Let’s continue from Isaiah 58: “Is not this the fast that I have chosen? to loose the bands of wickedness, to undo the heavy burdens, and to let the oppressed go free, and that ye break every yoke?” (verse 6). During a fast, God wants us to see ourselves for what we are—shackled by bands of wickedness. Fast to change the self! Verses 7-11 reveal how powerfully God acts when we fast in a right attitude.
In the book of Joel, God addresses a similar theme—first turn to him in humility, then deliver His message. “Gird yourselves, and lament, ye priests: howl, ye ministers of the altar: come, lie all night in sackcloth [humble yourselves], ye ministers of my God: for the meat offering and the drink offering is withholden from the house of your God” (Joel 1:13). We have a message to deliver to a rebellious people and Church. God wants our hearts to be right first.
Verse 14: “Sanctify ye a fast, call a solemn assembly, gather the elders and all the inhabitants of the land into the house of the Lord your God, and cry unto the Lord.” “Sanctify” means to set apart. Once you plan ahead and set aside a time for fasting, God will sanctify it—set it apart for a special time between you and Him.
It also says to “cry unto the Lord” when we fast. Fasting without prayer is of no spiritual value. In order to cry aloud with God’s message to this world, we first have to cry aloud to God in fasting and prayer.
Joel continues the theme in chapter 2. “Therefore also now, saith the Lord, turn ye even to me with all your heart, and with fasting, and with weeping, and with mourning: And rend your heart, and not your garments, and turn unto the Lord your God: for he is gracious and merciful, slow to anger, and of great kindness, and repenteth him of the evil” (verses 12-13). God does not want us to just put on a show of fasting. He wants us to turn our hearts to Him. Fasting in a right attitude does that.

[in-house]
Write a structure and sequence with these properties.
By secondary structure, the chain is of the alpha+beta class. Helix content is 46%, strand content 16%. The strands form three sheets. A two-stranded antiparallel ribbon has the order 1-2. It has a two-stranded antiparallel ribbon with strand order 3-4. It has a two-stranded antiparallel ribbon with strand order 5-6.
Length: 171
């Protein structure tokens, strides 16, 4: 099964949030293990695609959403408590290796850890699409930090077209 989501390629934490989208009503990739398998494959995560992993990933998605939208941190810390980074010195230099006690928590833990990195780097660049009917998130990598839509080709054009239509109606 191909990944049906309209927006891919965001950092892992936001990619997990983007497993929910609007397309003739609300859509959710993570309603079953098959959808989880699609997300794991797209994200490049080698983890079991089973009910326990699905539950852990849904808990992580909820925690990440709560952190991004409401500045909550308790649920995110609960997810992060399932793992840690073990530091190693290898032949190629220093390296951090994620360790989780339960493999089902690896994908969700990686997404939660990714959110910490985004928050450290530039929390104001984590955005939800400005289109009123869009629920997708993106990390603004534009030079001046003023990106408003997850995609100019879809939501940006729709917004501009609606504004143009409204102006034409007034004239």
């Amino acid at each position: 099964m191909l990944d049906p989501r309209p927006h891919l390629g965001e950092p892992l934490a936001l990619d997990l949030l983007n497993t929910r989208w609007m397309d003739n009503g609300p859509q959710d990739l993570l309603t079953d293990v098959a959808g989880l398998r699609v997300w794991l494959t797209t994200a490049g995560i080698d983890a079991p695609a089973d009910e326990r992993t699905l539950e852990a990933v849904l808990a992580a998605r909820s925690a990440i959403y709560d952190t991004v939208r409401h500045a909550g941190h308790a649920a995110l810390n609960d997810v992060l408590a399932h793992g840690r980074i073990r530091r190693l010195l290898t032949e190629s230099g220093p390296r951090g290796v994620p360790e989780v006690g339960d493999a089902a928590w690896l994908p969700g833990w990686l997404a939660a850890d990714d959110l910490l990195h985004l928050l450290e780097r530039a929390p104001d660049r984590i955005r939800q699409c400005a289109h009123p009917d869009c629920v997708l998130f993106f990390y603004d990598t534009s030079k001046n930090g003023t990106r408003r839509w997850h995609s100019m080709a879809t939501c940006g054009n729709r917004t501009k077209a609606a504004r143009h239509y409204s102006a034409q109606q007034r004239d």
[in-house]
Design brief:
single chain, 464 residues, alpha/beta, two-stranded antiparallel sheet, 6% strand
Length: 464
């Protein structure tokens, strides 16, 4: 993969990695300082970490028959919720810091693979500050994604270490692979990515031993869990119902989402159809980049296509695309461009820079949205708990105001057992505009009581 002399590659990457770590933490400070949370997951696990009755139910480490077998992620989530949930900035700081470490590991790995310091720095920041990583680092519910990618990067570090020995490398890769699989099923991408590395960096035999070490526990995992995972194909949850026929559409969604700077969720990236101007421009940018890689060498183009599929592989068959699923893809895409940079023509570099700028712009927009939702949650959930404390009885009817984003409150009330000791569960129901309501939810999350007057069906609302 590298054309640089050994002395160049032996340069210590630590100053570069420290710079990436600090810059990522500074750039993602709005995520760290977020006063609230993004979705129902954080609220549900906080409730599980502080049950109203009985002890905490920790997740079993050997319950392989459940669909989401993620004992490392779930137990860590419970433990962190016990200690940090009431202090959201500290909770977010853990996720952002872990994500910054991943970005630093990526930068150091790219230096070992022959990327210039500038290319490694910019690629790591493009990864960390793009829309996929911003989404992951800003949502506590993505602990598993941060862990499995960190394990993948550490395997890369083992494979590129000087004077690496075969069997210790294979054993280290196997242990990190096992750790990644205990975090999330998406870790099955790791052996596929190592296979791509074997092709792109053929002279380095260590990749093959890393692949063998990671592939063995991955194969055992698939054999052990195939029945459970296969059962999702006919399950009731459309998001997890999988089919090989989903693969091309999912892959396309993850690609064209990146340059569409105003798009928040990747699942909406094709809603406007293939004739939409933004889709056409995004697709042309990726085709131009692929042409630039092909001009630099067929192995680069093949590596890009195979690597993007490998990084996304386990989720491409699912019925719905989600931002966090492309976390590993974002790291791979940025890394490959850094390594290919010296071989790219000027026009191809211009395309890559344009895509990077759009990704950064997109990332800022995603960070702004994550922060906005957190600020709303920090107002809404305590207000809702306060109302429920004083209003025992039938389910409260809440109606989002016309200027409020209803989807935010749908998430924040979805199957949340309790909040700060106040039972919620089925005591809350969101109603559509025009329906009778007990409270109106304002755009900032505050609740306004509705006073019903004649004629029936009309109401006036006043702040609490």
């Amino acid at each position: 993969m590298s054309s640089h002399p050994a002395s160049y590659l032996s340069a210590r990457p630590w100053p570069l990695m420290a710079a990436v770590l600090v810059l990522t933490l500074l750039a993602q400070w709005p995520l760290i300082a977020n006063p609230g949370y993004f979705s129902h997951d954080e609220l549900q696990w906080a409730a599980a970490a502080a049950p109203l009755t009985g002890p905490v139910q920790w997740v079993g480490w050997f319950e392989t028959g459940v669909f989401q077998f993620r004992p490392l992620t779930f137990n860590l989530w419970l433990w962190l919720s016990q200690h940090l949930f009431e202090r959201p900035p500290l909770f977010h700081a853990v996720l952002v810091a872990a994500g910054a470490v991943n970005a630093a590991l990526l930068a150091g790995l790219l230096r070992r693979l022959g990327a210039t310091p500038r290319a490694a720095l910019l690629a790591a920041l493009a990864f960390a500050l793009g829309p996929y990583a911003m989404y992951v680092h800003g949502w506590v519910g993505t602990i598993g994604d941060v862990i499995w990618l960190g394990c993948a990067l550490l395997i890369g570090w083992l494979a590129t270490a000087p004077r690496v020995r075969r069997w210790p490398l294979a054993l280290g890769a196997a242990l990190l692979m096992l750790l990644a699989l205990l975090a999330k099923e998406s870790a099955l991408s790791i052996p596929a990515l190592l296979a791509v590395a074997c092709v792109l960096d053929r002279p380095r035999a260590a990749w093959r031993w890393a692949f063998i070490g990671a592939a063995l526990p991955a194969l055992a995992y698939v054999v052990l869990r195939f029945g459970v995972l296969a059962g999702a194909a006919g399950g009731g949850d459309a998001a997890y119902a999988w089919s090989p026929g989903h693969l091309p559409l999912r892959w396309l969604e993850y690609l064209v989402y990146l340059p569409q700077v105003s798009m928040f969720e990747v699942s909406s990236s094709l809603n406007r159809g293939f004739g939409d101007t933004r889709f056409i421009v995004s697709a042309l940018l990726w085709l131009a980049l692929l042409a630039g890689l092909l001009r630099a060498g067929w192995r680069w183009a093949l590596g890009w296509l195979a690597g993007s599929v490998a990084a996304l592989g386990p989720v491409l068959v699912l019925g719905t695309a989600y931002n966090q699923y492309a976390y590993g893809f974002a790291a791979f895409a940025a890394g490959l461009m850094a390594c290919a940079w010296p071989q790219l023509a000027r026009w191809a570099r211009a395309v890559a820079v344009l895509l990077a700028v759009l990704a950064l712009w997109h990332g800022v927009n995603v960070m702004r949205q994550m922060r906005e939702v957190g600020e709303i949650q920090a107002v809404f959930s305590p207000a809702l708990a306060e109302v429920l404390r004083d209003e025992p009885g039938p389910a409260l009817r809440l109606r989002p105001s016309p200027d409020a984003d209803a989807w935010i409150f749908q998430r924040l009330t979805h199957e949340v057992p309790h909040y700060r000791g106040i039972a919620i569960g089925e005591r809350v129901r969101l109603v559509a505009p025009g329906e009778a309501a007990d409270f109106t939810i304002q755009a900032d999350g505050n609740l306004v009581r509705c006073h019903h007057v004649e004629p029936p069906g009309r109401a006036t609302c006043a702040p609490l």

The real purpose for fasting is to humble ourselves—to see ourselves for what we really are—so that we might draw closer to God.
Again in verse 15 it says “sanctify a fast.” Sometimes it is even necessary to set aside a time for fasting for the entire congregation (verse 16).
When Mr. Armstrong set aside Jan. 27, 1979, for a Church-wide fast, he said that it was not only for the Work and Church, but so that each member might be brought closer to God. He knew that the only way the Church would prevail against the state of California was if each member’s heart was turned to God.
As Joel confirms, once our hearts are right, then we can properly cry aloud and blow the trumpet of alarm. “Blow ye the trumpet in Zion, and sound an alarm in my holy mountain: let all the inhabitants of the land tremble: for the day of the Lord cometh, for it is nigh at hand” (Joel 2:1).
Fasting Brings Results